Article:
Mr Levin said that the transfers to the University of Johannesburg had been for training to align provincial and local government staff with the development requirements of the NGP. He could not give accurate staff numbers as this was dependant on the finalisation of the organogram of the Department. It was up to the Department to demonstrate through its performance the validity for extra money. The social partner funds were not from voted funds but collaboration with other social partners. Within different sectors, unions needed to understand economic policy matters so as to engage in dialogue from a position of strength.
The Chairperson said organograms were looked at in conjunction with the strategic plan. But it appeared it had not been done. The organogram could not be looked at in isolation. The Committee needed to look at the structure of the Department. Mr Marais and Mr Gcwabaza supported this proposal.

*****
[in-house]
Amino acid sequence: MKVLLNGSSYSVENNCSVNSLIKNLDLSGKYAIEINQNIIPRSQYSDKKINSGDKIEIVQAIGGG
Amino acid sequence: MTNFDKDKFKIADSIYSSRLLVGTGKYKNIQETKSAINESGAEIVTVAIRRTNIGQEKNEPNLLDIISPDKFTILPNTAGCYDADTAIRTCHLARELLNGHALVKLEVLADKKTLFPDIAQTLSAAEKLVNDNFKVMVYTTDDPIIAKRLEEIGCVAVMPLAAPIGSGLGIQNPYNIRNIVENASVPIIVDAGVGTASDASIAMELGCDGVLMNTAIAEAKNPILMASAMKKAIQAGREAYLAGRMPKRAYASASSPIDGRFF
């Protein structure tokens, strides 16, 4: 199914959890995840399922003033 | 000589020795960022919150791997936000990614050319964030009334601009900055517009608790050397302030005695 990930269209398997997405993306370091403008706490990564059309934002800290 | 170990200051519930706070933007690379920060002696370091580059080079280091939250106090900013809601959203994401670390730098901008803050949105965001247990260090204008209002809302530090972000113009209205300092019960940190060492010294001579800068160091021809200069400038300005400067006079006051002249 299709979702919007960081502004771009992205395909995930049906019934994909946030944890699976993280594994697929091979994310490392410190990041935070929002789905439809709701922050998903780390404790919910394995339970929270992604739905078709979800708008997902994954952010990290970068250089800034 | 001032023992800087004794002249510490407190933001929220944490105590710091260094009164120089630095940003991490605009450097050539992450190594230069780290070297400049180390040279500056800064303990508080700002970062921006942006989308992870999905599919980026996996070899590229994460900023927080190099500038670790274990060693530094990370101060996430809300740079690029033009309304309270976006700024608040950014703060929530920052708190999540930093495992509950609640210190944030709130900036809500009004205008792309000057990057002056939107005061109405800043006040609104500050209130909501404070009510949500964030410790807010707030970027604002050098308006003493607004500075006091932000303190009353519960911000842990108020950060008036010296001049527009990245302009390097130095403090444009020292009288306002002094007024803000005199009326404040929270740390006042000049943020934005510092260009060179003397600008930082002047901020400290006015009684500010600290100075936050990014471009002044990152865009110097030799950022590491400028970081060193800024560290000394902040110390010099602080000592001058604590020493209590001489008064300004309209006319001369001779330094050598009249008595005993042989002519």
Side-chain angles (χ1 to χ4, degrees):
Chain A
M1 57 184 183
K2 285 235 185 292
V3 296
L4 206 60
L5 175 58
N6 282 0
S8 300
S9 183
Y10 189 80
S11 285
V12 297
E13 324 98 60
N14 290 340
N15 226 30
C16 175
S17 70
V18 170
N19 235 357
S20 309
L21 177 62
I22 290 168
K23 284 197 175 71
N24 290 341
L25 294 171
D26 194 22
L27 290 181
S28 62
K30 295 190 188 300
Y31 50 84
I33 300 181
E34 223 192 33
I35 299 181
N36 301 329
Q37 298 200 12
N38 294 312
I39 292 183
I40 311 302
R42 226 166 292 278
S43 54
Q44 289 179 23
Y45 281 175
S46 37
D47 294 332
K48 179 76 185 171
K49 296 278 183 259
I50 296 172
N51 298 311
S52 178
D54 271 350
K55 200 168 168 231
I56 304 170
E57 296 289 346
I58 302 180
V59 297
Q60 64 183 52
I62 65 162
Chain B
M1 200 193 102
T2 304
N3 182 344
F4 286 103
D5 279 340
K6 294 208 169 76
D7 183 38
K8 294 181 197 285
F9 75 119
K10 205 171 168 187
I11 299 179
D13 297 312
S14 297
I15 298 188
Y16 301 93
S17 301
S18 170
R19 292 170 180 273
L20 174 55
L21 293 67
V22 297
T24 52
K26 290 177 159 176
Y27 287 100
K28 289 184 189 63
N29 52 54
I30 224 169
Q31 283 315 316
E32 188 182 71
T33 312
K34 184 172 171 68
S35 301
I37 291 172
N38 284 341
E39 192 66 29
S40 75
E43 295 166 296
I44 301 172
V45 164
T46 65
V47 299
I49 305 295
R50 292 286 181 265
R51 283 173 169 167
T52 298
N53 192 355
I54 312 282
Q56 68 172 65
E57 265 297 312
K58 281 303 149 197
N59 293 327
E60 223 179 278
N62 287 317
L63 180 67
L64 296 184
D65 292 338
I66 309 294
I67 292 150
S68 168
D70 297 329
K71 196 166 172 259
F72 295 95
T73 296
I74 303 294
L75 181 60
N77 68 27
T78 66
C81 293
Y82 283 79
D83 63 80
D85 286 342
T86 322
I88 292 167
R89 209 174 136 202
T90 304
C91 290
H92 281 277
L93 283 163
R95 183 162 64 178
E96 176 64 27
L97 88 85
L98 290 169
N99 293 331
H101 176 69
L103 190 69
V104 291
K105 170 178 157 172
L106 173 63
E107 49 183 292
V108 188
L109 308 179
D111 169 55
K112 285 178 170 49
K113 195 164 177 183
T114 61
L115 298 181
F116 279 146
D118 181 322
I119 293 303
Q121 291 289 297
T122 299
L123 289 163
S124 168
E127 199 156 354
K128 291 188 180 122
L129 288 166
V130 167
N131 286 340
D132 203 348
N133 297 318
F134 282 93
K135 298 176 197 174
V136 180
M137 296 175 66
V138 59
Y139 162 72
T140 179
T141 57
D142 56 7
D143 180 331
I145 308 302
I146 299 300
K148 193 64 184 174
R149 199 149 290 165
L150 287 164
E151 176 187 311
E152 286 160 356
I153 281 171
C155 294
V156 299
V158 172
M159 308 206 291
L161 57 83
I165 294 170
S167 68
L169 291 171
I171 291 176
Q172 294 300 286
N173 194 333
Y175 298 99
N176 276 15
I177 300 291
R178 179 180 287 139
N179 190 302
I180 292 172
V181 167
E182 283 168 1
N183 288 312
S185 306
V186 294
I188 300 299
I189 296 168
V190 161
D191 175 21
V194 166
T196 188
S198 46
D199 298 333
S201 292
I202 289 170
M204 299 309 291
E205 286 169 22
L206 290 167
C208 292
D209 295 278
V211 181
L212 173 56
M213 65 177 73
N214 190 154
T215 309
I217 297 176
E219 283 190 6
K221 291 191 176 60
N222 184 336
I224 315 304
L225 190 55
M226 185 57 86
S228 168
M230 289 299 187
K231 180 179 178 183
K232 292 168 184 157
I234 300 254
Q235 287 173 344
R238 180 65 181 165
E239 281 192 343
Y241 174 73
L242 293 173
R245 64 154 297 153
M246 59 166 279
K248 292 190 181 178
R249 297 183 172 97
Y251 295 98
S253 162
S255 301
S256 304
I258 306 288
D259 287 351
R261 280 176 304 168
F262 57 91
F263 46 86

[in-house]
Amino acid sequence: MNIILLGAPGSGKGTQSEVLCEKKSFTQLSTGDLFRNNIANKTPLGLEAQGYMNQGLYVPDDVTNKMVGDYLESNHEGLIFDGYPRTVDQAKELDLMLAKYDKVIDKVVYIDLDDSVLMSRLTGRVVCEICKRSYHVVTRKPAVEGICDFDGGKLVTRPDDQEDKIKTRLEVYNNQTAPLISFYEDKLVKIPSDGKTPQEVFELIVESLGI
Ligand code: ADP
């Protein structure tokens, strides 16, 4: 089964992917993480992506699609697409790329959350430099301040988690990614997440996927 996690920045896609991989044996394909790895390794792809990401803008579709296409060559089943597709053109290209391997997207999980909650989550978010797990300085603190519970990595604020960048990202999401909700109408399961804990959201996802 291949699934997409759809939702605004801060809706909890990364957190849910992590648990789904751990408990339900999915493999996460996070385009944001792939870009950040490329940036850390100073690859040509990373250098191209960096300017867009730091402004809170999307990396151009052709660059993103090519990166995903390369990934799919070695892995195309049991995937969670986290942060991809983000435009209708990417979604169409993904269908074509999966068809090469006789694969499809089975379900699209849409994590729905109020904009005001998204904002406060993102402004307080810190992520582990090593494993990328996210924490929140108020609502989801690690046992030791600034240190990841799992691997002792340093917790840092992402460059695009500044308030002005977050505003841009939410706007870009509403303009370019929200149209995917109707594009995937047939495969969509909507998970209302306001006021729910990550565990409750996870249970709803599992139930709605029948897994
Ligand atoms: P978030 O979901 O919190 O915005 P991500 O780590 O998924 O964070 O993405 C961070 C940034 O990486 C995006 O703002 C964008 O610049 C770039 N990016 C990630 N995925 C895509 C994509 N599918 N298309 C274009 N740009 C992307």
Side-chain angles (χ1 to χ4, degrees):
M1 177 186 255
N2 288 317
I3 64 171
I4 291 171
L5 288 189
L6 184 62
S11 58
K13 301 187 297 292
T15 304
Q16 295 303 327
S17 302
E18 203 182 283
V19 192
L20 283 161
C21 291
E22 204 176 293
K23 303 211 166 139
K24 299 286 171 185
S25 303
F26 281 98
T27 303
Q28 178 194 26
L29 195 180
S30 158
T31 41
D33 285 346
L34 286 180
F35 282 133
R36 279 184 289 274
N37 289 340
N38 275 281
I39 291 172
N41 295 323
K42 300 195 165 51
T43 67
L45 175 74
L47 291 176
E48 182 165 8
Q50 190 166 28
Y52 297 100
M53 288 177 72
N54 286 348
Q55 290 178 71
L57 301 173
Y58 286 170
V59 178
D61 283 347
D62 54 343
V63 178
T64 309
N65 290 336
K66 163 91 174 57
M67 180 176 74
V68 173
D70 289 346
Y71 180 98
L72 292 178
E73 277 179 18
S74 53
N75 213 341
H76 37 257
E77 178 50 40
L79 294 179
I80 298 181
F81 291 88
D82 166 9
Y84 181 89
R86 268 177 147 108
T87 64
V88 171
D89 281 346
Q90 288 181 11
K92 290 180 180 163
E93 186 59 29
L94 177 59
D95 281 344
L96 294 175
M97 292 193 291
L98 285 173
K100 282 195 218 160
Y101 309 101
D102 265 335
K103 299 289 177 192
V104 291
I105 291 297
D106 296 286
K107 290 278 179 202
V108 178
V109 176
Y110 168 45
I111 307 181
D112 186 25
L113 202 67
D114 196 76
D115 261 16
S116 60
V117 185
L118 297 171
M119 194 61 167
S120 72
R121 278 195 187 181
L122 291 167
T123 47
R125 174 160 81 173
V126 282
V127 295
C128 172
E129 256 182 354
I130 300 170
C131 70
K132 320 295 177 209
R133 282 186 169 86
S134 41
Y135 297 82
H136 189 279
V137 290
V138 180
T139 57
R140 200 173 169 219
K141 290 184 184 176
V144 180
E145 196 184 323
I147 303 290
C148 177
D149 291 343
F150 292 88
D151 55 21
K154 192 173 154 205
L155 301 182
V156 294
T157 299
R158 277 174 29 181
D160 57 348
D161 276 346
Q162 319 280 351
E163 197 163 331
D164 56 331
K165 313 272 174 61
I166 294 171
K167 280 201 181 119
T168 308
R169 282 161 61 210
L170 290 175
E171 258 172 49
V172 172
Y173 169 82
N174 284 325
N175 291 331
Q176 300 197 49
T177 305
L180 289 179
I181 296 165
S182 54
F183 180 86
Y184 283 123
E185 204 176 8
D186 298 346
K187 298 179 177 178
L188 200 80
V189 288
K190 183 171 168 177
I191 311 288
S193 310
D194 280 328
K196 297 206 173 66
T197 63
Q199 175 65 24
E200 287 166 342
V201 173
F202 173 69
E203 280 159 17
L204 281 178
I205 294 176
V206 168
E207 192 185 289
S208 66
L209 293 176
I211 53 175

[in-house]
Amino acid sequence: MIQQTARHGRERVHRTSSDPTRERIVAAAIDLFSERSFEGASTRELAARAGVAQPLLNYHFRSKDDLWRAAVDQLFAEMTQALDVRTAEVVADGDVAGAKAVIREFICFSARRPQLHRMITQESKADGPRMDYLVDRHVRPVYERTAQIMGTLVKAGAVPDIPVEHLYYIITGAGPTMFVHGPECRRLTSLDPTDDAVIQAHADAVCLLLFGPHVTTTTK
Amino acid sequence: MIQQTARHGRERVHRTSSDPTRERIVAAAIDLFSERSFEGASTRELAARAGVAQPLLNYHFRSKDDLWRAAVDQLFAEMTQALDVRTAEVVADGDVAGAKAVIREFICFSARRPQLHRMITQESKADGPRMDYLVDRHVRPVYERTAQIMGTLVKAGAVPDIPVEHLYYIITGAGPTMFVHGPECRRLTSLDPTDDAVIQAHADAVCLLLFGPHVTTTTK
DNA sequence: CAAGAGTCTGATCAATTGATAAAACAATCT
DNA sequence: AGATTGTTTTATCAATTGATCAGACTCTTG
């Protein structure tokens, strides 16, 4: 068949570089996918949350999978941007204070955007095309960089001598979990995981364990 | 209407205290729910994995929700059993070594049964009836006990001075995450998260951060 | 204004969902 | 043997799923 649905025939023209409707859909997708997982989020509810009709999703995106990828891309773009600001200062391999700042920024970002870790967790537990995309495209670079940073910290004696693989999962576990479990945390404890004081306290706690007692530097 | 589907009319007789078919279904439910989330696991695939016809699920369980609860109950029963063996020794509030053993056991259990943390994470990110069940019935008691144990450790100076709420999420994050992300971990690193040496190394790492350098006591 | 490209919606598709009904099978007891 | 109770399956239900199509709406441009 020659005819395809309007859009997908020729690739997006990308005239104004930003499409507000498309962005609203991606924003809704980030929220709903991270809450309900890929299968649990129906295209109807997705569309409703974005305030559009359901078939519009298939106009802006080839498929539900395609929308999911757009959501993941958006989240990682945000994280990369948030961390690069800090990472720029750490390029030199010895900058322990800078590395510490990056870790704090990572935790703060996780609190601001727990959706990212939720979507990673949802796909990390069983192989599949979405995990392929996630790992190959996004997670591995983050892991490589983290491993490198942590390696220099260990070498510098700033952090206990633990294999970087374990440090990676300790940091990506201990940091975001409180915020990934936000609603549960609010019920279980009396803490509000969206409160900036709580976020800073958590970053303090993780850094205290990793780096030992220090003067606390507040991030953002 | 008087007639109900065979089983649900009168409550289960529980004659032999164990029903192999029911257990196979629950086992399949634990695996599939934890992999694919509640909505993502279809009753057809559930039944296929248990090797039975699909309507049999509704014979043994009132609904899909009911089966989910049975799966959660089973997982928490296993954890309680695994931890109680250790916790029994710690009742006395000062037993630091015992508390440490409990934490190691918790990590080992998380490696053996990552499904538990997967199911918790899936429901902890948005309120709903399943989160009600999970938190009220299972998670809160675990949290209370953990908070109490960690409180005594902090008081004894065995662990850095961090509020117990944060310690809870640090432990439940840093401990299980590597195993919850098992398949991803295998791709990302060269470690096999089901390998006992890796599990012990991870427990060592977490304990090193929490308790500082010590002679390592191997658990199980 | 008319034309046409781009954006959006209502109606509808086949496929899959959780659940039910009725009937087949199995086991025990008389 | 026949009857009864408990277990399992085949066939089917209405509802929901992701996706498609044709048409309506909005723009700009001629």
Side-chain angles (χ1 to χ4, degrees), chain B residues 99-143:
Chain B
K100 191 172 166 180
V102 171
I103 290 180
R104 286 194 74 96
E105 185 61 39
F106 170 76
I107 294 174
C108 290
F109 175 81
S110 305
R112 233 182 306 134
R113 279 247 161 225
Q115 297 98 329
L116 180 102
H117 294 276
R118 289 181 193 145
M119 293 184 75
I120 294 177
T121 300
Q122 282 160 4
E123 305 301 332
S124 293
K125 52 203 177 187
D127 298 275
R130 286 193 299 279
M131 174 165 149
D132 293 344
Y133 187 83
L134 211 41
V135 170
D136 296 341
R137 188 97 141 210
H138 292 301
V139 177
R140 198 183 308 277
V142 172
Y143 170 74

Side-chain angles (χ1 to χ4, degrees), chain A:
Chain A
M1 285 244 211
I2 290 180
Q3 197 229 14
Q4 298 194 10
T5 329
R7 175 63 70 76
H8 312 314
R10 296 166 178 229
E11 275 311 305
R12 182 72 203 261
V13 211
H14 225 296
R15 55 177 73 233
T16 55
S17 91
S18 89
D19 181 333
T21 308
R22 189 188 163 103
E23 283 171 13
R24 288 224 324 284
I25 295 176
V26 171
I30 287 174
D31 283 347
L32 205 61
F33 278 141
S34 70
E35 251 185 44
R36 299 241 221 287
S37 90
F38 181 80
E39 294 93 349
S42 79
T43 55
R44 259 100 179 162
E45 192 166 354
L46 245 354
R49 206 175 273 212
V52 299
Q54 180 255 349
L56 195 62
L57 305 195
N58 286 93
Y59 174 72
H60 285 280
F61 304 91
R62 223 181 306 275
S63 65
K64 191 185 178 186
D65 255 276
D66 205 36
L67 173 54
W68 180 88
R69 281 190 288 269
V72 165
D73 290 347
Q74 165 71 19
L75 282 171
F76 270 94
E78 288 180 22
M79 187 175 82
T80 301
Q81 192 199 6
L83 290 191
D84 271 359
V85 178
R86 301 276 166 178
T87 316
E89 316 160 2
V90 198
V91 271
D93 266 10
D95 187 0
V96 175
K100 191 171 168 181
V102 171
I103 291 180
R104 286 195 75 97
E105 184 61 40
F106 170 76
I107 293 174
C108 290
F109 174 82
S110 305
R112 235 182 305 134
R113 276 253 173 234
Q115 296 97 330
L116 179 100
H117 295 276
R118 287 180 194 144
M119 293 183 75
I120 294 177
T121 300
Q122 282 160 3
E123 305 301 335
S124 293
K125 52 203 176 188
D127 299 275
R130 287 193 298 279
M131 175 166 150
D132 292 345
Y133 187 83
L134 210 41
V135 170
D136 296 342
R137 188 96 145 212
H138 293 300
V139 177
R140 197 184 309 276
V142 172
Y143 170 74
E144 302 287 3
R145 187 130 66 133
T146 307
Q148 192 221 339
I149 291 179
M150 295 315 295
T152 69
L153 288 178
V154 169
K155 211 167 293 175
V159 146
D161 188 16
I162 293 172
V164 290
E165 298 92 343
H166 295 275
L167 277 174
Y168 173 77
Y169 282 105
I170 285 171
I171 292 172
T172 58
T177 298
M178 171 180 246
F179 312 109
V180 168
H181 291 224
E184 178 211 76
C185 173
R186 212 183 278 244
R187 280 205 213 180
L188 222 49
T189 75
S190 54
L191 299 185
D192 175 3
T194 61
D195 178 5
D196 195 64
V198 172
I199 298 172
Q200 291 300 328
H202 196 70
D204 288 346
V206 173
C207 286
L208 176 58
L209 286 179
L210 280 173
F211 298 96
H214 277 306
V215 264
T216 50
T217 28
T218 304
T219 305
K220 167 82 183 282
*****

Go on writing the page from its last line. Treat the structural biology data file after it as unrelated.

Mr Levin said a review had been done and the Department was engaging with the Minister
Mr Gcwabaza said the allocations to Khula and Samaf were growing at a low rate and yet these agencies were supposed to support SMMEs as they were the key drivers of job creation.
Mr Levin said that the Minister would make an important announcement on the merger of these entities.
The meeting was adjourned.